The patients with more severe disease received ACEi and a combination of corticosteroids with cyclosporine, azathioprine or cyclophosphamide (Group C, n = 18). Of these, five (27.7%) patients showed doubling of baseline Scr, whereas four of five patients reached ESRD. Proteinuria remission to <1 g/24-h was observed in 15 of 18 (83.3%) patients. We used cyclosporine in patients with heavy proteinuria without fibrosis and observed remission of proteinuria in all the patients, and only three (30%) patients relapsed and reached the endpoints.

The combination of corticosteroids with azathioprine has been reported to have a beneficial effect in patients with heavy proteinuria (>3 g/24-h) and impaired renal function. [14],[15] Furthermore, this regimen is followed by stabilization of the histological lesions in about two-thirds of patients, as it was confirmed on repeated biopsies. [14] In a recent randomized prospective trial, the effect of treatment with corticosteroids and azathioprine for six months was similar to a six-month course of corticosteroids alone, and was followed by more frequent side-effects. [16] However, the same authors reported that the addition of azathioprine might be slightly more effective than corticosteroids alone in patients with chronic renal insufficiency and proteinuria. [17] In this study, of five patients treated with corticosteroids and azathioprine, only one (20%) showed doubling of baseline Scr.

The combination of corticosteroids and cyclophosphamide is effective in rapidly progressive IgAN and in patients with progressive disease (Scr between 1.4 and 2.8 mg/dL) and proteinuria. [18],[19],[20] In a randomized controlled trial, cyclophosphamide was replaced by azathioprine after three months of treatment, and the renal survival rate after five years of follow-up was significantly higher in treated than in untreated patients (72% vs. 0%). [20] Similar results were observed in our study, because, of three patients treated with corticosteroids and cyclophosphamide, two patients maintained stable renal function and remission of proteinuria.

The patients with established renal insufficiency, severe glomerulosclerosis and tubulointerstitial fibrosis were treated with ACEi and fish oil (Group D, n = 3). Of these three patients, two (66.7%) patients progressed to ESRD. Conflicting results have been reported with fish oil in patients with advanced IgAN, whereas a combination of ACEi with polyunsaturated fatty acids has been reported to reduce proteinuria. [21],[22],[23],[24] Our experience with this small number of patients was not positive for the combination of ACEi with fish oil.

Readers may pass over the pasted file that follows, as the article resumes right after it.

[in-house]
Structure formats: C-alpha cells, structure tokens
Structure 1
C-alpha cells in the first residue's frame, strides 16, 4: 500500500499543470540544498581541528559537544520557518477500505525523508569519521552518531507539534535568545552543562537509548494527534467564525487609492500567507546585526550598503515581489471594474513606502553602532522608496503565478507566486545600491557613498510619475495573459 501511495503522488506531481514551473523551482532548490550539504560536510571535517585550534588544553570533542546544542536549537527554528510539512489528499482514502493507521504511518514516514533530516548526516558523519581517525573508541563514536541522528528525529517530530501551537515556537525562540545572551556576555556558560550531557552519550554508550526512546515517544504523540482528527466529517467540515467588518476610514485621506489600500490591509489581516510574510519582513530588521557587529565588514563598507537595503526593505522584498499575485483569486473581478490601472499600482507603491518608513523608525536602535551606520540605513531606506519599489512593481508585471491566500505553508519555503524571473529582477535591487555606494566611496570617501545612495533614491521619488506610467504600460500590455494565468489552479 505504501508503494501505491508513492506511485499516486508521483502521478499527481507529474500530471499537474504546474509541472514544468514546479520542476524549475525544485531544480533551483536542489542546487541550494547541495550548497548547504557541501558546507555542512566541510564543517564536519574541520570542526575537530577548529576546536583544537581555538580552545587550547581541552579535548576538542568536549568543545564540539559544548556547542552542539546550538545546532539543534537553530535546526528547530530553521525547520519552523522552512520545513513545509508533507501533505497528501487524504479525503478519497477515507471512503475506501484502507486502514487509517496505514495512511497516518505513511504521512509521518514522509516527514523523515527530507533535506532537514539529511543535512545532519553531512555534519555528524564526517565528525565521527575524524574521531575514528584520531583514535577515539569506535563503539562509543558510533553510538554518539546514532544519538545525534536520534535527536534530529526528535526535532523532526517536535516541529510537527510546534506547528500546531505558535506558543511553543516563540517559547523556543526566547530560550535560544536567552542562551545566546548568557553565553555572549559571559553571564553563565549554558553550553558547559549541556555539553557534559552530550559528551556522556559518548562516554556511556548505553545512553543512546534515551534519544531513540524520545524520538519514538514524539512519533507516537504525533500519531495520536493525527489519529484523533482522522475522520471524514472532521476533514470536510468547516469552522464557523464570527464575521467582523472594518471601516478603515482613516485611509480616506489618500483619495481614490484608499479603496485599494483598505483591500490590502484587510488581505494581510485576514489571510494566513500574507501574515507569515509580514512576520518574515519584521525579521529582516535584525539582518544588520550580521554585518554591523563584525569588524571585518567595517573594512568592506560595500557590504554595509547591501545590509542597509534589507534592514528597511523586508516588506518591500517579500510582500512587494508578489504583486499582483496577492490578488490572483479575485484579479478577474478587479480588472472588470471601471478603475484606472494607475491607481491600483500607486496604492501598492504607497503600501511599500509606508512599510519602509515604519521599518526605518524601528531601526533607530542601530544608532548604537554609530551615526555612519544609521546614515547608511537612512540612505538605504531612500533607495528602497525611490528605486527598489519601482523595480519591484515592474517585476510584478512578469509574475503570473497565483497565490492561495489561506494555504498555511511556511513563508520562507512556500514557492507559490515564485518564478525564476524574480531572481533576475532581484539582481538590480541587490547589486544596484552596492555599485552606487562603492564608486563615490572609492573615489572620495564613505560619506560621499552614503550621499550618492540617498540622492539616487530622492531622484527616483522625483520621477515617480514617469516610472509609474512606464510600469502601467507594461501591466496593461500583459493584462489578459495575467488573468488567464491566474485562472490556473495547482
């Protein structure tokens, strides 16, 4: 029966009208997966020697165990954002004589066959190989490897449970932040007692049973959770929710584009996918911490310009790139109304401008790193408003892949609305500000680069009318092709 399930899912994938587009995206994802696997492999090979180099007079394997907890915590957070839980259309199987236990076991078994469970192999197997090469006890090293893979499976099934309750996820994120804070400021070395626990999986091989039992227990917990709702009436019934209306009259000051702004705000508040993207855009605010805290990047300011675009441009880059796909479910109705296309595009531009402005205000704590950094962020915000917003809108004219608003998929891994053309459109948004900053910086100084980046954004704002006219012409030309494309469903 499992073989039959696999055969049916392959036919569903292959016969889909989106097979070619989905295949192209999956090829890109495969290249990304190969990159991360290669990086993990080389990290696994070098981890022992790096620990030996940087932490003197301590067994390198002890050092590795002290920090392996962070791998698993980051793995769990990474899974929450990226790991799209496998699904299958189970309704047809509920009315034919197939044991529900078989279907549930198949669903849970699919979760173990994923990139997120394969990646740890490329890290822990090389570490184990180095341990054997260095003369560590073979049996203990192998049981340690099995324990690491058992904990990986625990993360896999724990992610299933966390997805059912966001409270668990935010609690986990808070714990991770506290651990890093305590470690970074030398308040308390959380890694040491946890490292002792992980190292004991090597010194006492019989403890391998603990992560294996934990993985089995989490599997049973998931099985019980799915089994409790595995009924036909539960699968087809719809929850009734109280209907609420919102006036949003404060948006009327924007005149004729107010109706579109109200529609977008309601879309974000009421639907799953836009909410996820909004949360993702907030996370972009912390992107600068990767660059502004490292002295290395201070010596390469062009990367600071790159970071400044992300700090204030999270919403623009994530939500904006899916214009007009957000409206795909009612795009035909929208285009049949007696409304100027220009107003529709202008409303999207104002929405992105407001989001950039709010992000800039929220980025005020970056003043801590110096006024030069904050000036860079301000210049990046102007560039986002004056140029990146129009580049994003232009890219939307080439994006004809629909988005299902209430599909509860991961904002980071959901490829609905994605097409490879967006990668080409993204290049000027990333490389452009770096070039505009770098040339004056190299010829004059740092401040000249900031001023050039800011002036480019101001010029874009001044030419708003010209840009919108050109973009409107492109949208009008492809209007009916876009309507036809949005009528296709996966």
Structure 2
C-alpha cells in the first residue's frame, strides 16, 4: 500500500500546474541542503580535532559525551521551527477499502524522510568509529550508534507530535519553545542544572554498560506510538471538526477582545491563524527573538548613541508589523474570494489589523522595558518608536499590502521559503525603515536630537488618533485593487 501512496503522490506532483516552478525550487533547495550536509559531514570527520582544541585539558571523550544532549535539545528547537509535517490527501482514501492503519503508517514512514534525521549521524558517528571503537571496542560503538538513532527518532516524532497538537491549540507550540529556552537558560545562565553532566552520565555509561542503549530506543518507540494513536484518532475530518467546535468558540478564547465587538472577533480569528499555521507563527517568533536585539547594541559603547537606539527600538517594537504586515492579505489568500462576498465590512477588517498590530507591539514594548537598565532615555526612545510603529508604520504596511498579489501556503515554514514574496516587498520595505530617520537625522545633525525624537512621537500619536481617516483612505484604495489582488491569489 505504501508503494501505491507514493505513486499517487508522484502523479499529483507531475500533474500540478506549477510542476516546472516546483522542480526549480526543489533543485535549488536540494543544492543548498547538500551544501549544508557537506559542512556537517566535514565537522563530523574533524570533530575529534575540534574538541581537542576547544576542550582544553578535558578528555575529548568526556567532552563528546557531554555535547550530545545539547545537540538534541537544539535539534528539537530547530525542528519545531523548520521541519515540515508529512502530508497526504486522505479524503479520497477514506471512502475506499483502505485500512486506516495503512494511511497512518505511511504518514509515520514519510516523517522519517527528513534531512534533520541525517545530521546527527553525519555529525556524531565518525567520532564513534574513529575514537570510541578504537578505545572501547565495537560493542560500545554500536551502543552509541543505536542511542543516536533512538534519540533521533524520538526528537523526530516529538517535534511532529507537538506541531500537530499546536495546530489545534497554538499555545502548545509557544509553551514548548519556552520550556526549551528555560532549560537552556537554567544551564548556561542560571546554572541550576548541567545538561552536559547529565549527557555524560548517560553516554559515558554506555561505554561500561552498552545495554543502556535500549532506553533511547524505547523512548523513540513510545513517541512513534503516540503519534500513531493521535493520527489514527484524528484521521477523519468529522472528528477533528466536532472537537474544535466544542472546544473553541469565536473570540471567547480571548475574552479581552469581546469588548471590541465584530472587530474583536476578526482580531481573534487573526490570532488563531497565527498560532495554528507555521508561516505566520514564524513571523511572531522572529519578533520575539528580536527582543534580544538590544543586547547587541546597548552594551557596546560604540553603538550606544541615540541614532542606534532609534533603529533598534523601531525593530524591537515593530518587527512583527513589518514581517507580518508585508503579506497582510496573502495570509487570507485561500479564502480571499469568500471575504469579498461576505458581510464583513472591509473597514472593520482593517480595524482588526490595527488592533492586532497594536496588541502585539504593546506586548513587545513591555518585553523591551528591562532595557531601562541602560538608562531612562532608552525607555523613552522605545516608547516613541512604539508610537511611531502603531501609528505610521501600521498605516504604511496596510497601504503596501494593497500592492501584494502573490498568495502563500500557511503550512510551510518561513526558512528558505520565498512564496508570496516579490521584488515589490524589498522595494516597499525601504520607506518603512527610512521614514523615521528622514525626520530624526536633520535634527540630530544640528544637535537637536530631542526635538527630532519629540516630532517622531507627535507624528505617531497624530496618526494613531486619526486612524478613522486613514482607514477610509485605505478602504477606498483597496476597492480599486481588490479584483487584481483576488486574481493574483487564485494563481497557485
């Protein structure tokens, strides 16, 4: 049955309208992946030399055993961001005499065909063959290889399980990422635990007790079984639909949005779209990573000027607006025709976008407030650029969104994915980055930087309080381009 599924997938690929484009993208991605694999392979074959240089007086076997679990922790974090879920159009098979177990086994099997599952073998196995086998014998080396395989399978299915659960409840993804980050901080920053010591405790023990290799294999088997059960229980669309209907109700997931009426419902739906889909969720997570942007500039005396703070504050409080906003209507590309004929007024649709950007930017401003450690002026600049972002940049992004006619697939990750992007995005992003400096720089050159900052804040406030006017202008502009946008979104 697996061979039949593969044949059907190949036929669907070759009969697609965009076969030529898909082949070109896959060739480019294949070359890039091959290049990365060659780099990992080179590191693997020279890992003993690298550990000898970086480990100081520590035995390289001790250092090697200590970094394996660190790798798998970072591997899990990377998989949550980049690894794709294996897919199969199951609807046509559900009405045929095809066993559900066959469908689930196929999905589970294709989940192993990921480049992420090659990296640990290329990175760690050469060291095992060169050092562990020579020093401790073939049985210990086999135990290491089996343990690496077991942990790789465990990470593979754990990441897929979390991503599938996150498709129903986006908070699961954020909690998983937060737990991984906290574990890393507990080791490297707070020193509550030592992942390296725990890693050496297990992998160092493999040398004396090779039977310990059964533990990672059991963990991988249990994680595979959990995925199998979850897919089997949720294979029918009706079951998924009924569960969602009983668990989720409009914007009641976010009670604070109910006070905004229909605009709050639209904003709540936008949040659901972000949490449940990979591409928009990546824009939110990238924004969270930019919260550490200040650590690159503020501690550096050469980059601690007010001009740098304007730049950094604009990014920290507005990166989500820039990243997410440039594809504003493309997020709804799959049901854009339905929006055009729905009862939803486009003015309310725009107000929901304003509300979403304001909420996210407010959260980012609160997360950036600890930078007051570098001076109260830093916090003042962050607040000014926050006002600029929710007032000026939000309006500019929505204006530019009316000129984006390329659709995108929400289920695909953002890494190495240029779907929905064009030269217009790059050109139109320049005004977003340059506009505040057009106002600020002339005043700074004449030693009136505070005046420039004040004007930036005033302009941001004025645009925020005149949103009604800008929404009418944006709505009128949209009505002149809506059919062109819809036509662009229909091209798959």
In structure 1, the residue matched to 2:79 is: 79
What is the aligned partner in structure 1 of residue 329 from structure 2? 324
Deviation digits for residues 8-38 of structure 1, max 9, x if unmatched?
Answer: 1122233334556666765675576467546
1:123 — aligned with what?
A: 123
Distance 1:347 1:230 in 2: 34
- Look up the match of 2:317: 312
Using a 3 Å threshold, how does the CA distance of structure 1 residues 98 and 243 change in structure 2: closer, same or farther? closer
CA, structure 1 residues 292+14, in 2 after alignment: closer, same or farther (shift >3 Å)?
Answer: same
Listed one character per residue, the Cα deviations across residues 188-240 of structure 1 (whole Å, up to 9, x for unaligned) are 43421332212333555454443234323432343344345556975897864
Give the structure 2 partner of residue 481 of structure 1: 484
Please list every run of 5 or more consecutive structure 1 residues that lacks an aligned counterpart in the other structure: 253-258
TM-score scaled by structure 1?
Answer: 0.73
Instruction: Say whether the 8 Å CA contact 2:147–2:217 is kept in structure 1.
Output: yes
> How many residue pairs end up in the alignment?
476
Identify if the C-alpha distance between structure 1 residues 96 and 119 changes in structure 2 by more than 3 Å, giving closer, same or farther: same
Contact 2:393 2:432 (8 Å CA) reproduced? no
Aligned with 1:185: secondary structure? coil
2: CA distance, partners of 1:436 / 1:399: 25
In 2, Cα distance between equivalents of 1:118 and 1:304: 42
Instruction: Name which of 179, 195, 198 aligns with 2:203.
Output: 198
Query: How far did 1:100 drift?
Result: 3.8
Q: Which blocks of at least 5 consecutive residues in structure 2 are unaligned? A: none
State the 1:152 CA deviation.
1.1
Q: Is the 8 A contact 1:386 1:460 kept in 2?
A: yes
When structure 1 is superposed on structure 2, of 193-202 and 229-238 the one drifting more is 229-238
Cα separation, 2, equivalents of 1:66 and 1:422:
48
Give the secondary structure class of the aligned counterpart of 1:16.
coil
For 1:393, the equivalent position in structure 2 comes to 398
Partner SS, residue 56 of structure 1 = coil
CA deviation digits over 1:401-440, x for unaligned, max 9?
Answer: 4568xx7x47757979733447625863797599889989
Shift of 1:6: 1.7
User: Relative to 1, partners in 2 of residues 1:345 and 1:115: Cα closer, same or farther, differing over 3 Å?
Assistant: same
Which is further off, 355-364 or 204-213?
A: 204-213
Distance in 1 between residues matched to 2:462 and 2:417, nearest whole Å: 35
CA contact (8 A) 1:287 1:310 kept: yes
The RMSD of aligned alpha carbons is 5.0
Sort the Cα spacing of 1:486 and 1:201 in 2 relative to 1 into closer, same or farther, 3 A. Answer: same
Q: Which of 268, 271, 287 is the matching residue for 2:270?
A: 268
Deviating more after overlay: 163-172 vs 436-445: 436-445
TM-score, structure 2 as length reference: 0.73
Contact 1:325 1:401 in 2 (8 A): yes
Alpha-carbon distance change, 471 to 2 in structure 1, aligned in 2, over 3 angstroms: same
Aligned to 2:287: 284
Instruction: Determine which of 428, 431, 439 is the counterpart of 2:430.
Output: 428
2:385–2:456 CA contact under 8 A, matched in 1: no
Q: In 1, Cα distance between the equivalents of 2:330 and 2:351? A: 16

The need for individualized treatment according to the severity of clinical and histological involvement is further supported by the fact that the development of endpoints of doubling of baseline Scr and ESRD is related to baseline Scr, persistence of proteinuria, relapses during follow-up and severity of the histological involvement.

The main limitation of our study was the small number of patients in each study subgroup and the absence of a control group. Furthermore, the follow-up period might be another limitation of the study. Although five years seem to be an adequate time period of follow-up for patients of Groups C and D who had more severe disease, a longer follow-up period would be more appropriate for the patients of Groups A and B who had milder disease. In our study, the mean follow-up period for the patients of Group A was about seven years and that of patients of Group B was six years. Especially for patients of Group C who received combinations of different immunosuppressive drugs, a sub-analysis of these regimens might be the best method to estimate their efficacy, but the small numbers of patients in each subgroup rendered the analysis meaningless. However, it should be noted that the results of our study represent an application of the general suggestions-recommendations in the everyday clinical practice in a single center.

In conclusion, the results of this study demonstrate that the choice of the therapeutic regimen for patients with IgAN could be based on the severity of the clinical and histological involvement in order to attain the maximum beneficial effect with the least of adverse reactions. Ongoing large randomized controlled trials are expected to clarify the indication of the different regimens in patients with IgAN. [25]

Conflicts of Interest

All authors did not receive any sponsorship or funding arrangements related to this research.

All subjects have given their informed consent and the study protocol is in accordance with the Helsinki Declaration as revised in 2000 and has been approved by the Patras University Hospital Human Research Committee.

 
   References Top

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D'Amico G. The commonest glomerulonephritis in the world. IgA nephropathy. Q J Med 1987; 64:709-27.  Back to cited text no. 1
    
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D'Amico G. Natural history of idiopathic IgA nephropathy and factors predictive of disease outcome. Semin Nephrol 2004;24:179-96.  Back to cited text no. 4
    
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Coppo R, D'Amico G. Factors predicting progression of IgA nephropathies. J Nephrol 2005;18:503-12.  Back to cited text no. 5
    
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Working Group of the International IgA Nephropathy Network and the Pathology Society, Cattran DC, Coppo R, Cook HT, et al. The Oxford classification of IgA nephropathy: Rationale, clinicopathological correlations and classification. Kidney Int 2009;76:534-45.  Back to cited text no. 6